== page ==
Emancipation, from Eighth of August to Juneteenth

Beth KinnaneEast Knox, Our Town Stories

A week from now, Juneteenth celebrations will be starting up in Knoxville, with festivities celebrating the emancipation of Black Americans during and after the Civil War. Juneteenth is now a federal holiday, named for June 19, 1865, when the enforcement of the Emancipation Proclamation was ordered by Union Major General Gordon Granger in Texas, more than two months after Confederate General Robert E. Lee’s surrender at Appomattox.

There could be a lot of different dates for Emancipation Day: September 22, when Abraham Lincoln announced the proclamation; January 1, for the day it went into effect; the myriad other days that emancipation occurred across confederate states, quite literally in the wake of the Union Army telling enslaved persons, “You’re free”; April 8 or December 16 for the passing/ratification of the 13th Amendment abolishing slavery, finally, 78 years in arrears.

For Tennessee, emancipation came earlier than in many of the rebel states at the hands of military Gov. Andrew Johnson. Nashville was captured and under Union control by February 1862 as was much of middle and west Tennessee. Johnson, a Unionist but also an enslaver, had gotten a workaround for Tennessee to be excepted from the proclamation. He crafted his own on October 24, 1864, and on February 22, 1865, before the war was even over, it was added to the state’s constitution.

But there was something else Johnson did that caused another date to stick across the Volunteer State as Emancipation Day. Before his proclamation, before the change to the constitution, Johnson put his money where his mouth was and freed the people he kept in bondage, on August 8, 1863. Most of them were in Nashville with him by that time. Though East Tennessee was the anti-secession part of the state, it was the last of the three grand divisions to come back under federal control in late 1863.

One of Johnson’s formerly enslaved, Samuel Johnson, started the August 8 celebrations of freedom back in Greeneville, Tennessee. Samuel is considered the father of Eighth of August Celebrations that quickly spread to Newport and Knoxville. Though Juneteenth is now the official federal holiday, the Eighth of August has been celebrated in Knoxville for over 100 years.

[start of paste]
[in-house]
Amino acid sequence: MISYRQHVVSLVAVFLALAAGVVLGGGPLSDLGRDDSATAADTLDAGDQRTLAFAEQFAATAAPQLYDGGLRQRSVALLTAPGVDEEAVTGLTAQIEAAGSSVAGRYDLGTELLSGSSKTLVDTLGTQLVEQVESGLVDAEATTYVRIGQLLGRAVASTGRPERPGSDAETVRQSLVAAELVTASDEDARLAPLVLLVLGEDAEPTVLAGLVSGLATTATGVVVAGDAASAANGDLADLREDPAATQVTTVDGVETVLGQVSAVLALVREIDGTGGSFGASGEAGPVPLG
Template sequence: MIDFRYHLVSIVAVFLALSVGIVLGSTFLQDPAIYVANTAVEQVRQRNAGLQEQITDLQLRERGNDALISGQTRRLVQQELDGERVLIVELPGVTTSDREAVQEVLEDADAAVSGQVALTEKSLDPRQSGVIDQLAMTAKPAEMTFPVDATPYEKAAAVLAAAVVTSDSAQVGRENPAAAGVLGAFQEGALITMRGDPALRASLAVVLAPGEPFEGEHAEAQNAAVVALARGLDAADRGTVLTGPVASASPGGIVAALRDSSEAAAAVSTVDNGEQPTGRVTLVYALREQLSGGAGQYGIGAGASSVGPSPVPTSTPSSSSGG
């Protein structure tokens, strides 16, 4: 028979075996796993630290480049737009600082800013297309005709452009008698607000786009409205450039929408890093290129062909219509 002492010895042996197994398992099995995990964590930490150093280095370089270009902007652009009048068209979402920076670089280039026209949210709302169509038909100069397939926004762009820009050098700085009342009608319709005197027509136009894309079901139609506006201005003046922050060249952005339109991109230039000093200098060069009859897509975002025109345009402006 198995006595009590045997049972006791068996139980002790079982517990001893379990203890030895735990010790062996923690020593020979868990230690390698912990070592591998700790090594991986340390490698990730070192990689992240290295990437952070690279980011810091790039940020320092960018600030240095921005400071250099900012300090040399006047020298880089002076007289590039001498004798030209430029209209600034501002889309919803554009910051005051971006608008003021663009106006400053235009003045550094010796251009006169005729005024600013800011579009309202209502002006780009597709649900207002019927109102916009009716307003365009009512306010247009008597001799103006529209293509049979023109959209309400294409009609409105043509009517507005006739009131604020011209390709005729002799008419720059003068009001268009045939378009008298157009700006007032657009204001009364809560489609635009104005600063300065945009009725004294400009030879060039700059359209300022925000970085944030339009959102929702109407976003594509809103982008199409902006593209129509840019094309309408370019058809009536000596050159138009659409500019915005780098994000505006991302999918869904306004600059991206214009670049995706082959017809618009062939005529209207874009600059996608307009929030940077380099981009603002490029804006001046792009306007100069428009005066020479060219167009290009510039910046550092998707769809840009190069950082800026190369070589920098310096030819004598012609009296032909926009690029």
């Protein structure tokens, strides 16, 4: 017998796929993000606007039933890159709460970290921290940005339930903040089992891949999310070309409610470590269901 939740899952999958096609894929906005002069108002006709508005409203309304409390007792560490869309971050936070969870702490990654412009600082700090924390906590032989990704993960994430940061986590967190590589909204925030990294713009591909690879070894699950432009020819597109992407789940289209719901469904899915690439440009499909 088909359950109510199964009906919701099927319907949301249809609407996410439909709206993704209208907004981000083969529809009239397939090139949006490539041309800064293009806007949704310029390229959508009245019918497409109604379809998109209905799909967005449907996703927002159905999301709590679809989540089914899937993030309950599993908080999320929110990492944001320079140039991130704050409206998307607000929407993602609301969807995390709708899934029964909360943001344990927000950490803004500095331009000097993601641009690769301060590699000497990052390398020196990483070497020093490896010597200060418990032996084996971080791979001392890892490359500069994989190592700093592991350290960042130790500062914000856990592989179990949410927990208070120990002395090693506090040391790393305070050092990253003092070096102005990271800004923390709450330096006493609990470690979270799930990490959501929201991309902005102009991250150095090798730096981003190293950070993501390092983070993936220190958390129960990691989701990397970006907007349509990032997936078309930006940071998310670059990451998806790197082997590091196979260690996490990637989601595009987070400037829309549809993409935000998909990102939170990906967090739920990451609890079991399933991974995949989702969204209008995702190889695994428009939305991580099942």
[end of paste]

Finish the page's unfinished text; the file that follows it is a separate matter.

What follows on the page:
Post the travesty of Plessy v. Ferguson, August 8 became the ONE day out of the year that Black Knoxvillians (and visitors from not just other counties, but states) could gather to enjoy the facilities at Chilhowee Park. There was music, picnics, baseball games, boxing matches and horse races. Celebrations were also held at other locations.

One of those, for several years, was Chestnut View Park in Park Ridge. The six-acre tract was privately owned by Charles and Ethel Stafford, Black residents of the area who purchased the land in 1907 and made improvements to it for use by anyone. Many Eighth of August celebrations were held there in addition to those going on at Chilhowee Park. No mentions of the park appear after the early 1930s. The park’s location was roughly where the O’ Reilly Auto Parts warehouse sits on Cherry Street near I-40 today.

Enjoy and learn from Juneteenth Celebrations next week and the Eighth of August Jubilee in two months.

Beth Kinnane writes a history feature for KnoxTNToday.com. It’s published each Tuesday and is one of our best-read features.

Sources: Knoxville Journal/Chronicle digital archives, Beck Cultural Exchange Center, Tennessee State Museum: The Emancipation Proclamation in Tennessee by Matthew Gailani, The History of Emancipation Day in Tennessee by Stephanie Davis

Leave a Reply

Your email address will not be published. Required fields are marked *